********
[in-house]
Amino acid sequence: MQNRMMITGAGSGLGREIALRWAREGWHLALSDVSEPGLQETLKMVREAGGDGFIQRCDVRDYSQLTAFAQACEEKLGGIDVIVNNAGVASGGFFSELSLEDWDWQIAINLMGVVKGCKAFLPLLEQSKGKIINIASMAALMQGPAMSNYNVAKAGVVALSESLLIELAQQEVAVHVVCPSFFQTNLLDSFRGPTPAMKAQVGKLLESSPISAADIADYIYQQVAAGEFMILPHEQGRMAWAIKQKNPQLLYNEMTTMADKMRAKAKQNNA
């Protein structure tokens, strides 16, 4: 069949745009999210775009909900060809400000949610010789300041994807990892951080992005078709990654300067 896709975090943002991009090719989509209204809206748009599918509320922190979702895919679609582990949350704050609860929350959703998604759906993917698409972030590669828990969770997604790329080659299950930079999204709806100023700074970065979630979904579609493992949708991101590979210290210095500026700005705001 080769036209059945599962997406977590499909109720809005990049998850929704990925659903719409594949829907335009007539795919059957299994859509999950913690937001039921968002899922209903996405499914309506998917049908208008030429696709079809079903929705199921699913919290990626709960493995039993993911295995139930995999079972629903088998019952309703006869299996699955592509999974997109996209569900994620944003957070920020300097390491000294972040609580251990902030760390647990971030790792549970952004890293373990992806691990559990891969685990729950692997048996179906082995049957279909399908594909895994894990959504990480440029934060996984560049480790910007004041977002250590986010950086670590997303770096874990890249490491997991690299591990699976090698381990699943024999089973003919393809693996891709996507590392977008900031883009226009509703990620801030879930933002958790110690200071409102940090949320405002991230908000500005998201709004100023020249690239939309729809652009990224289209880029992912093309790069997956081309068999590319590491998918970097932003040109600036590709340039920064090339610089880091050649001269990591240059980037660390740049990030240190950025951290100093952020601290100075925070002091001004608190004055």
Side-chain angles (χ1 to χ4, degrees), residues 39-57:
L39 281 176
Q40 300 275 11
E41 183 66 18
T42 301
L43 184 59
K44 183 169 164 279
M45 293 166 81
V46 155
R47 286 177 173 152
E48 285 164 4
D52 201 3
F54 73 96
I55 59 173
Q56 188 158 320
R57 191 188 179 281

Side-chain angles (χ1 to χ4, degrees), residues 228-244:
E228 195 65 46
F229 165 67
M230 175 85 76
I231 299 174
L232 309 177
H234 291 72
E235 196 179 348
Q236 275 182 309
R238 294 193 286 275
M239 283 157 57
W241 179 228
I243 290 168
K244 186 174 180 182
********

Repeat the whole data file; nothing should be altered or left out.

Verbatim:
[in-house]
Amino acid sequence: MQNRMMITGAGSGLGREIALRWAREGWHLALSDVSEPGLQETLKMVREAGGDGFIQRCDVRDYSQLTAFAQACEEKLGGIDVIVNNAGVASGGFFSELSLEDWDWQIAINLMGVVKGCKAFLPLLEQSKGKIINIASMAALMQGPAMSNYNVAKAGVVALSESLLIELAQQEVAVHVVCPSFFQTNLLDSFRGPTPAMKAQVGKLLESSPISAADIADYIYQQVAAGEFMILPHEQGRMAWAIKQKNPQLLYNEMTTMADKMRAKAKQNNA
């Protein structure tokens, strides 16, 4: 069949745009999210775009909900060809400000949610010789300041994807990892951080992005078709990654300067 896709975090943002991009090719989509209204809206748009599918509320922190979702895919679609582990949350704050609860929350959703998604759906993917698409972030590669828990969770997604790329080659299950930079999204709806100023700074970065979630979904579609493992949708991101590979210290210095500026700005705001 080769036209059945599962997406977590499909109720809005990049998850929704990925659903719409594949829907335009007539795919059957299994859509999950913690937001039921968002899922209903996405499914309506998917049908208008030429696709079809079903929705199921699913919290990626709960493995039993993911295995139930995999079972629903088998019952309703006869299996699955592509999974997109996209569900994620944003957070920020300097390491000294972040609580251990902030760390647990971030790792549970952004890293373990992806691990559990891969685990729950692997048996179906082995049957279909399908594909895994894990959504990480440029934060996984560049480790910007004041977002250590986010950086670590997303770096874990890249490491997991690299591990699976090698381990699943024999089973003919393809693996891709996507590392977008900031883009226009509703990620801030879930933002958790110690200071409102940090949320405002991230908000500005998201709004100023020249690239939309729809652009990224289209880029992912093309790069997956081309068999590319590491998918970097932003040109600036590709340039920064090339610089880091050649001269990591240059980037660390740049990030240190950025951290100093952020601290100075925070002091001004608190004055």
Side-chain angles (χ1 to χ4, degrees), residues 39-57:
L39 281 176
Q40 300 275 11
E41 183 66 18
T42 301
L43 184 59
K44 183 169 164 279
M45 293 166 81
V46 155
R47 286 177 173 152
E48 285 164 4
D52 201 3
F54 73 96
I55 59 173
Q56 188 158 320
R57 191 188 179 281

Side-chain angles (χ1 to χ4, degrees), residues 228-244:
E228 195 65 46
F229 165 67
M230 175 85 76
I231 299 174
L232 309 177
H234 291 72
E235 196 179 348
Q236 275 182 309
R238 294 193 286 275
M239 283 157 57
W241 179 228
I243 290 168
K244 186 174 180 182